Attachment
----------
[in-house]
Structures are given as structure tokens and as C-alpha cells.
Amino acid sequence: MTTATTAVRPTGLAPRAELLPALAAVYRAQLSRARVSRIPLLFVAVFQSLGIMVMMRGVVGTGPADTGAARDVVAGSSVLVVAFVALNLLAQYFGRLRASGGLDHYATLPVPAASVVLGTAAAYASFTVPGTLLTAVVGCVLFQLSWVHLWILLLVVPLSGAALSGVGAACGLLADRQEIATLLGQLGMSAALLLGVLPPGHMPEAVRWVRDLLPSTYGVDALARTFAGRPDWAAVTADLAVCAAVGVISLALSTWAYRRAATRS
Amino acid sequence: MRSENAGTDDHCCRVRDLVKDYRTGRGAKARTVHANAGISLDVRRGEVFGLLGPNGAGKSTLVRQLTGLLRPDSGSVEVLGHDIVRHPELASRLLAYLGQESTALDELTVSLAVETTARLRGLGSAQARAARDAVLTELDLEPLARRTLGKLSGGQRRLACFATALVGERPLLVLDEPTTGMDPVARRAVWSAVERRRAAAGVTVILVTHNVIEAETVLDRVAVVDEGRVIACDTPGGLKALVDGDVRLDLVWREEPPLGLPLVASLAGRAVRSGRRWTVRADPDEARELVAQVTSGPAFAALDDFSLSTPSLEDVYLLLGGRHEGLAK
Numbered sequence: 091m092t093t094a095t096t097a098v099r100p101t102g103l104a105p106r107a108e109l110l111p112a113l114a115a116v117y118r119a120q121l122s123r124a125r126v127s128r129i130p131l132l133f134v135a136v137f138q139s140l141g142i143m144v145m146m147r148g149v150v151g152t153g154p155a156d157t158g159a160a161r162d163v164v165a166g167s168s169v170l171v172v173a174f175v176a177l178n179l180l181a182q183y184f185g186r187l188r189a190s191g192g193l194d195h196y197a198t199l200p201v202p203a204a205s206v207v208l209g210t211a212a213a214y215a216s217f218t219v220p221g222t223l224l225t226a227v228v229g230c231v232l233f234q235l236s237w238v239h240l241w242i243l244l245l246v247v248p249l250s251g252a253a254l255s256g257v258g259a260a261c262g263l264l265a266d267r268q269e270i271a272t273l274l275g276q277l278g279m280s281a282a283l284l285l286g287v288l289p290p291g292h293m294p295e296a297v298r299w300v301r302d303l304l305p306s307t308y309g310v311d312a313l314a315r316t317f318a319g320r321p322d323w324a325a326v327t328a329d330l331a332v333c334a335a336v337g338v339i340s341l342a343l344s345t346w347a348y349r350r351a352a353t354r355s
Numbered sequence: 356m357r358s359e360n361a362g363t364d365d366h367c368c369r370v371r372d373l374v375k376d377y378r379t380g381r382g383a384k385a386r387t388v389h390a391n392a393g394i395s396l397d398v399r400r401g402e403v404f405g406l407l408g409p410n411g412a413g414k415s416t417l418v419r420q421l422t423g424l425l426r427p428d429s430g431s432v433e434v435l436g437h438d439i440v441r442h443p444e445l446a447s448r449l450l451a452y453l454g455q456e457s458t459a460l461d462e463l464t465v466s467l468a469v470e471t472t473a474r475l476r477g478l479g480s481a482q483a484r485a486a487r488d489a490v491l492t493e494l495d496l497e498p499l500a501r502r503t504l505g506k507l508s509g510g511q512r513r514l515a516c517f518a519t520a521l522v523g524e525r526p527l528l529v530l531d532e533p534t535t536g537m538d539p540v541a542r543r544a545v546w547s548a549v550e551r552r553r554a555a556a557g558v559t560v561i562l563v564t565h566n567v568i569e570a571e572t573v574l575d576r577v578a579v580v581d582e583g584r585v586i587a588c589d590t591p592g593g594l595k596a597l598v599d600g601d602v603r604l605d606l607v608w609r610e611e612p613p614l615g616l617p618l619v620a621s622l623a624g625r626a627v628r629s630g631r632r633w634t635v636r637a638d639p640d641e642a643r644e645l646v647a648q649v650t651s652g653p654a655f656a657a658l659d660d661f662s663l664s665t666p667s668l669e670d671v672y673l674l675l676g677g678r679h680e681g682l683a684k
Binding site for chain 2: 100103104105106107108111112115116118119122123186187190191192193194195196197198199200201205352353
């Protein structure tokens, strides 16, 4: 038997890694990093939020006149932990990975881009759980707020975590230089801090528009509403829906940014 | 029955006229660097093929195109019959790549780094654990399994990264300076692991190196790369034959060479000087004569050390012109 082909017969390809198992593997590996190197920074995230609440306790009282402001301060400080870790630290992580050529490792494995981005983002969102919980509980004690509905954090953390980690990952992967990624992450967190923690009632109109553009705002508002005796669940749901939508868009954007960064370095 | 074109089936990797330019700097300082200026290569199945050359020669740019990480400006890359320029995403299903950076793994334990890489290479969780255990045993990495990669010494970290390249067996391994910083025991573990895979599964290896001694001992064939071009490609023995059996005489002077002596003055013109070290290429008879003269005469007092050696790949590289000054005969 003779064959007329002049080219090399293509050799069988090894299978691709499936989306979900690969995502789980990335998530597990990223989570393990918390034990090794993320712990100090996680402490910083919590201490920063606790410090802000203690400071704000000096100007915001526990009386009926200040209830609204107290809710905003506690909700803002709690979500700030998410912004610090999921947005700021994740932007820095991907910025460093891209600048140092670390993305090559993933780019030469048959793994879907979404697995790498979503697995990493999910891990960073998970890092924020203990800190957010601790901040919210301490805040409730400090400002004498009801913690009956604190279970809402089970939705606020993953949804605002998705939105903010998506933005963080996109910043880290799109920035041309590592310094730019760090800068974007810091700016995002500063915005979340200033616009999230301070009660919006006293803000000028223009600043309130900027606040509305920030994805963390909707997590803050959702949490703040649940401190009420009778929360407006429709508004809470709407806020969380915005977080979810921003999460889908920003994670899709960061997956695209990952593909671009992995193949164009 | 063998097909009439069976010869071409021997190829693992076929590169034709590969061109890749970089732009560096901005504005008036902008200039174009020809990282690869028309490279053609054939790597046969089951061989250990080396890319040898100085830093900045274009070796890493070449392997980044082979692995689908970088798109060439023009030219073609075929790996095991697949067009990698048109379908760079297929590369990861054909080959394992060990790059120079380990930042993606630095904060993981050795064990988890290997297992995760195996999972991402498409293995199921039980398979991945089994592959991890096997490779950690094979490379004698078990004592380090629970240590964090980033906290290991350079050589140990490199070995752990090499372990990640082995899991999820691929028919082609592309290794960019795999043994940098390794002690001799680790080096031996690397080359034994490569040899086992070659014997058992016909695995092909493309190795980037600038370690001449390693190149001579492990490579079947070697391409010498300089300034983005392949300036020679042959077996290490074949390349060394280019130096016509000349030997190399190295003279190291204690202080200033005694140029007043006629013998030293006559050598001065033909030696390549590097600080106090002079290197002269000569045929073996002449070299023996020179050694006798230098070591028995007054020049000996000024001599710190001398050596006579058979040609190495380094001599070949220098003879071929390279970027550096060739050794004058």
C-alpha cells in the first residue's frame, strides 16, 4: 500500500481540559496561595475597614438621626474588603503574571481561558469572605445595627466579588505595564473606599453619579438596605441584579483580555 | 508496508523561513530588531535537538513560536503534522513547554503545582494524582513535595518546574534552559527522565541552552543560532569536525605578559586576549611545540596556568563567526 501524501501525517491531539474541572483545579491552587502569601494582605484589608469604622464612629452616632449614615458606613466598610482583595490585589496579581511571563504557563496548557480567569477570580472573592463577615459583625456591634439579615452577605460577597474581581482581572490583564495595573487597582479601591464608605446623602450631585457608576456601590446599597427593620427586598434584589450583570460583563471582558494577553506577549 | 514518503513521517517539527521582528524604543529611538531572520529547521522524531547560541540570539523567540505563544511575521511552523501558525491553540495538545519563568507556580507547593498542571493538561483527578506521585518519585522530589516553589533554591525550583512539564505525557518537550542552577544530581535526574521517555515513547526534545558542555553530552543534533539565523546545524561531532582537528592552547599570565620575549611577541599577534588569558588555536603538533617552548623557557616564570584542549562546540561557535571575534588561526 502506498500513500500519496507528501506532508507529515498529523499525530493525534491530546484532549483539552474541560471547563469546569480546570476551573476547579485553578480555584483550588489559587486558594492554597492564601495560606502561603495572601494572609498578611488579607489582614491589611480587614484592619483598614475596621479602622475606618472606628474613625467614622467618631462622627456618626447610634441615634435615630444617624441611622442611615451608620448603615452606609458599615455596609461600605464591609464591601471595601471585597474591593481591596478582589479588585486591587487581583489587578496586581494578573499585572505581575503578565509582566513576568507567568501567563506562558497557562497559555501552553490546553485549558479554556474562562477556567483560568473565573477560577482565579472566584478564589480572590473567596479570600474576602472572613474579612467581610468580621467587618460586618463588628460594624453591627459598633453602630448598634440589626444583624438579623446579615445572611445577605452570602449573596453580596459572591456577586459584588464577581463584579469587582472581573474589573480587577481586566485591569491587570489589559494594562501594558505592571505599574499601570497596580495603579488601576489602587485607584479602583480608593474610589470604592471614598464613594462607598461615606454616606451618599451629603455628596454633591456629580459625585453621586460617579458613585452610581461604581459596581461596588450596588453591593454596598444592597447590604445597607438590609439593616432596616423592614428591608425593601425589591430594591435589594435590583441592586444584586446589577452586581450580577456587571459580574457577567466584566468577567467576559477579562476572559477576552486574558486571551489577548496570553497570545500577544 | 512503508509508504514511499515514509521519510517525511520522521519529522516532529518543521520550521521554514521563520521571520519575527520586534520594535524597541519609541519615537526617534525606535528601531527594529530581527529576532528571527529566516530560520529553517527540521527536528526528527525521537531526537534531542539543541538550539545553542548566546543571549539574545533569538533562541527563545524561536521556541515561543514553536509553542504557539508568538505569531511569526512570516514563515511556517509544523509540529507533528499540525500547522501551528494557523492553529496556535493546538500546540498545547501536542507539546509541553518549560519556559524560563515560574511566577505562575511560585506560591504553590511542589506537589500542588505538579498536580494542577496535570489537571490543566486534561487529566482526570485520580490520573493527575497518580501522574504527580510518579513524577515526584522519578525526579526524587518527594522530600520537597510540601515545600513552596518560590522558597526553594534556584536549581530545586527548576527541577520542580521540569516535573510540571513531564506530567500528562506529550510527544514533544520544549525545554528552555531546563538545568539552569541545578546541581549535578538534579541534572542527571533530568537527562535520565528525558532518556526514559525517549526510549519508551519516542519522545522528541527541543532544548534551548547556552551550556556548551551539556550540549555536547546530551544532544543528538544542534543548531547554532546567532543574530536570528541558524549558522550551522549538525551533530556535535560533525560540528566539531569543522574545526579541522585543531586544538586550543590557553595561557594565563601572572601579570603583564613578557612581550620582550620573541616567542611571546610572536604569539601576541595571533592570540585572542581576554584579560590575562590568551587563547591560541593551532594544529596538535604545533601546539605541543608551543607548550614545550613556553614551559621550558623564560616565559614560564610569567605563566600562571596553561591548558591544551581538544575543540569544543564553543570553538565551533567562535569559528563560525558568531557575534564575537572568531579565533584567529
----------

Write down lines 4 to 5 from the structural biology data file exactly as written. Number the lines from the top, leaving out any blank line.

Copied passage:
Amino acid sequence: MRSENAGTDDHCCRVRDLVKDYRTGRGAKARTVHANAGISLDVRRGEVFGLLGPNGAGKSTLVRQLTGLLRPDSGSVEVLGHDIVRHPELASRLLAYLGQESTALDELTVSLAVETTARLRGLGSAQARAARDAVLTELDLEPLARRTLGKLSGGQRRLACFATALVGERPLLVLDEPTTGMDPVARRAVWSAVERRRAAAGVTVILVTHNVIEAETVLDRVAVVDEGRVIACDTPGGLKALVDGDVRLDLVWREEPPLGLPLVASLAGRAVRSGRRWTVRADPDEARELVAQVTSGPAFAALDDFSLSTPSLEDVYLLLGGRHEGLAK
Numbered sequence: 091m092t093t094a095t096t097a098v099r100p101t102g103l104a105p106r107a108e109l110l111p112a113l114a115a116v117y118r119a120q121l122s123r124a125r126v127s128r129i130p131l132l133f134v135a136v137f138q139s140l141g142i143m144v145m146m147r148g149v150v151g152t153g154p155a156d157t158g159a160a161r162d163v164v165a166g167s168s169v170l171v172v173a174f175v176a177l178n179l180l181a182q183y184f185g186r187l188r189a190s191g192g193l194d195h196y197a198t199l200p201v202p203a204a205s206v207v208l209g210t211a212a213a214y215a216s217f218t219v220p221g222t223l224l225t226a227v228v229g230c231v232l233f234q235l236s237w238v239h240l241w242i243l244l245l246v247v248p249l250s251g252a253a254l255s256g257v258g259a260a261c262g263l264l265a266d267r268q269e270i271a272t273l274l275g276q277l278g279m280s281a282a283l284l285l286g287v288l289p290p291g292h293m294p295e296a297v298r299w300v301r302d303l304l305p306s307t308y309g310v311d312a313l314a315r316t317f318a319g320r321p322d323w324a325a326v327t328a329d330l331a332v333c334a335a336v337g338v339i340s341l342a343l344s345t346w347a348y349r350r351a352a353t354r355s